The Working Group is further investigating the design models of APN that work in different contexts and the potential impact of a standardised regulatory framework on current qualified advanced practice nurses across Europe.
3. EFN Policy Statement on APN
As stated in EFN Workforce Matrix 3+1, APN has a key role to play in building the resilience of the health and care system in the EU and Europe. As such, in the EFN Policy Statement on Advanced Practice Nurse, approved by the April 2022 EFN General Assembly (Read it here), the EFN is calling upon the EU Institutions and other health stakeholders to join efforts and make rapid progress in developing advanced practice nursing in the EU and Europe by:
- Promoting evidence-based nursing, patient safety, universal health coverage (UHC), sustainable development goals (SDGs), high quality care, nurse retention and recruitment by fostering APN roles in EU area;
- Facilitating member states to develop nationally agreed-upon, as a minimum, master’s level standards for preparation programmes for advanced practice nursing;
- Facilitating member states to establish formal recognition and licensing (protected title) of APN nurses at the national level; and
- Exploring the potential for a European framework for advanced practice nursing, that can be used at national level to enable regulation, mobility, national and international comparison, cooperation in research and development and sharing of expertise.
With Europe fighting its way out of the COVID-19 pandemic, it is important to remember that making timely progress in the development of advanced practice nursing will rely on genuine collaboration between policymakers, educators, employers, and frontline nurses to ensure that any initiatives are fit for purpose. Engaging frontline staff and advanced practice nurses will be fundamental to the journey forward.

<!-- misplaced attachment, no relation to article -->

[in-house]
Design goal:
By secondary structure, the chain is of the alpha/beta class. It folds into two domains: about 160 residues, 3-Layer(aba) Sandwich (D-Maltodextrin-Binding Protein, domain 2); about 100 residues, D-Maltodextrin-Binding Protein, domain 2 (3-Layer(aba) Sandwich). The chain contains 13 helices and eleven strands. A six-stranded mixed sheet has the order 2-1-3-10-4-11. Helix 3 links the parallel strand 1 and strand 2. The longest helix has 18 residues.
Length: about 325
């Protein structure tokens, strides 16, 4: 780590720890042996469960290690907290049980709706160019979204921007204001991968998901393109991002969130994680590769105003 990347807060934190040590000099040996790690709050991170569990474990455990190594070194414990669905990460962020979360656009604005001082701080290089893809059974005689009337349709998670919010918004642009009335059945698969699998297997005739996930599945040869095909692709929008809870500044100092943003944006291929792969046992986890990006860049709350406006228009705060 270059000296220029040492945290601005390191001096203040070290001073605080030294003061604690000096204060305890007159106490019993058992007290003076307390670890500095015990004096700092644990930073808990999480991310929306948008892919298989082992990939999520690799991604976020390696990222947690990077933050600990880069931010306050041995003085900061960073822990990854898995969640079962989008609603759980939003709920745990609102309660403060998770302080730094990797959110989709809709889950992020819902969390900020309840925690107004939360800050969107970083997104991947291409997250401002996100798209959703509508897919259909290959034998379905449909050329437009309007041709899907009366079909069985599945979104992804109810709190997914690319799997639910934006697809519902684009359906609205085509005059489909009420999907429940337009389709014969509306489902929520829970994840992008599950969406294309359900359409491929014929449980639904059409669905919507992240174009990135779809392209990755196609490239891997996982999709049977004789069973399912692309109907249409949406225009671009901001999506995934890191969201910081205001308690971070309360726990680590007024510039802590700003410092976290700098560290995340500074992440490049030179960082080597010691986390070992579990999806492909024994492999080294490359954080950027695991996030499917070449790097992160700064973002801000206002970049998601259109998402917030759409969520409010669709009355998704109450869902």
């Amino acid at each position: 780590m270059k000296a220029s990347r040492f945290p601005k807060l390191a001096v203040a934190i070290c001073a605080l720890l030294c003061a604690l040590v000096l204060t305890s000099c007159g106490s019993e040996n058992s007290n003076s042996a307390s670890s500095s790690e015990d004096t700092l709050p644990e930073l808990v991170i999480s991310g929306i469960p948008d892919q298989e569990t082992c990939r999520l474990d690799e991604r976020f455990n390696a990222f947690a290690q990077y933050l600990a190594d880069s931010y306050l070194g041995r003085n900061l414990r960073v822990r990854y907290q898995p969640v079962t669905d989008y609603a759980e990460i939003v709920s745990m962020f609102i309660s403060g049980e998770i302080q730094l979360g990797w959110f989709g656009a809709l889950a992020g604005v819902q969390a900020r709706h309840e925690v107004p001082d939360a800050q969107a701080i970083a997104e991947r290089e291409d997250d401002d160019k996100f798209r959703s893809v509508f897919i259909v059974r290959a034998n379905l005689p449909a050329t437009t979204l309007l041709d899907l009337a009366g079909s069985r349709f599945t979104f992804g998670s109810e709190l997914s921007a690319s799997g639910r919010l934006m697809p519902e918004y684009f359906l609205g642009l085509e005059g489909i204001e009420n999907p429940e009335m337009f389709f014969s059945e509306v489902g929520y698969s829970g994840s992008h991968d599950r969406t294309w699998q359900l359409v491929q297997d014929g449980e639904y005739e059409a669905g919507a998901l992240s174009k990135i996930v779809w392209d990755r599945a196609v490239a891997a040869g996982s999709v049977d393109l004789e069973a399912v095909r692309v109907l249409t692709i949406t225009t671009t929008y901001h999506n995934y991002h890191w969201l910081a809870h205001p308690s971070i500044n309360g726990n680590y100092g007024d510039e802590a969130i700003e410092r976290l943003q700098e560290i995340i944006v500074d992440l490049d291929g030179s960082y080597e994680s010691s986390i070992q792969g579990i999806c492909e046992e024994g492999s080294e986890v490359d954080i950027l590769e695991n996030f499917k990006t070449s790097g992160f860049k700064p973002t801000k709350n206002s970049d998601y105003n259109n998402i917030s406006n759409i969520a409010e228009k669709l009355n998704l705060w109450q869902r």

4. EFN article on “Advanced practice nursing in long-term care”
Skills empowerment is key for nurses, especially linked to the APN in long-term care. Investing in advanced roles for nurses, with special regard to the APN and nurse prescribers, will positively increasing access to healthcare services for EU citizens. An advanced role with the appropriate skills-mix, will future proof the design of an effective, responsive, dynamic and sustainable frontline workforce composition, as set out in the EFN Workforce Matrix 3+1. Based on the survey findings, the EFN wrote an article entitled “Advanced practice nursing in long-term care”, providing insights into the EU’s advanced practice nursing in long-term care. Read it here.
5. EFN Short-Medium-Long Term APN Strategy/Work Plan
Taking their work further, the EFN WG on APN, presented at the EFN October 2022 General Assembly, in Slovenia, a Short-Medium-Long Term APN Strategy/Work Plan, looking respectively at educational, workforce and quality & safety aspects, that the EFN members discussed and approved medium/long-term strategy. (Not available to the public)
6. Roadmap on APN
The next step in this APN development process is to have a roadmap toward developing APNs, likely to be of special value to those countries wishing to establish or further develop APNs. The EFN Working Group on APN has now prepared a first draft Roadmap, including some examples on culture, practice and legislation change, that will be discussed by the EFN members at the EFN October General Assembly, taking place in Spain.